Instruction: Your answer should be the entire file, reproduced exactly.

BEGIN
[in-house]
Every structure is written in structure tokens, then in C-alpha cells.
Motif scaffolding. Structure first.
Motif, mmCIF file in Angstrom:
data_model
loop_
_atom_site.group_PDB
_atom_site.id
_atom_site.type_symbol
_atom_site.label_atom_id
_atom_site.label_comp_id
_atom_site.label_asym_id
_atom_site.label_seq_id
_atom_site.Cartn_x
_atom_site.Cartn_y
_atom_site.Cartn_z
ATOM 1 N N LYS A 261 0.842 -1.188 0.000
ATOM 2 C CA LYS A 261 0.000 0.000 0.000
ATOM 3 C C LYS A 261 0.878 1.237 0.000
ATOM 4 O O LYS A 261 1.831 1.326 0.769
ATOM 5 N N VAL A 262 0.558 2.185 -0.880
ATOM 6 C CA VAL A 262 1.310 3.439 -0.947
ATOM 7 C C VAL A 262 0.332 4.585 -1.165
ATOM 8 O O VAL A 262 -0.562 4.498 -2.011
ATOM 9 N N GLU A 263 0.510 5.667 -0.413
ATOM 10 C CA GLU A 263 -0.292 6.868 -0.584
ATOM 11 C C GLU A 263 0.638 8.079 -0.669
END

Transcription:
[in-house]
Every structure is written in structure tokens, then in C-alpha cells.
Motif scaffolding. Structure first.
Motif, mmCIF file in Angstrom:
data_model
loop_
_atom_site.group_PDB
_atom_site.id
_atom_site.type_symbol
_atom_site.label_atom_id
_atom_site.label_comp_id
_atom_site.label_asym_id
_atom_site.label_seq_id
_atom_site.Cartn_x
_atom_site.Cartn_y
_atom_site.Cartn_z
ATOM 1 N N LYS A 261 0.842 -1.188 0.000
ATOM 2 C CA LYS A 261 0.000 0.000 0.000
ATOM 3 C C LYS A 261 0.878 1.237 0.000
ATOM 4 O O LYS A 261 1.831 1.326 0.769
ATOM 5 N N VAL A 262 0.558 2.185 -0.880
ATOM 6 C CA VAL A 262 1.310 3.439 -0.947
ATOM 7 C C VAL A 262 0.332 4.585 -1.165
ATOM 8 O O VAL A 262 -0.562 4.498 -2.011
ATOM 9 N N GLU A 263 0.510 5.667 -0.413
ATOM 10 C CA GLU A 263 -0.292 6.868 -0.584
ATOM 11 C C GLU A 263 0.638 8.079 -0.669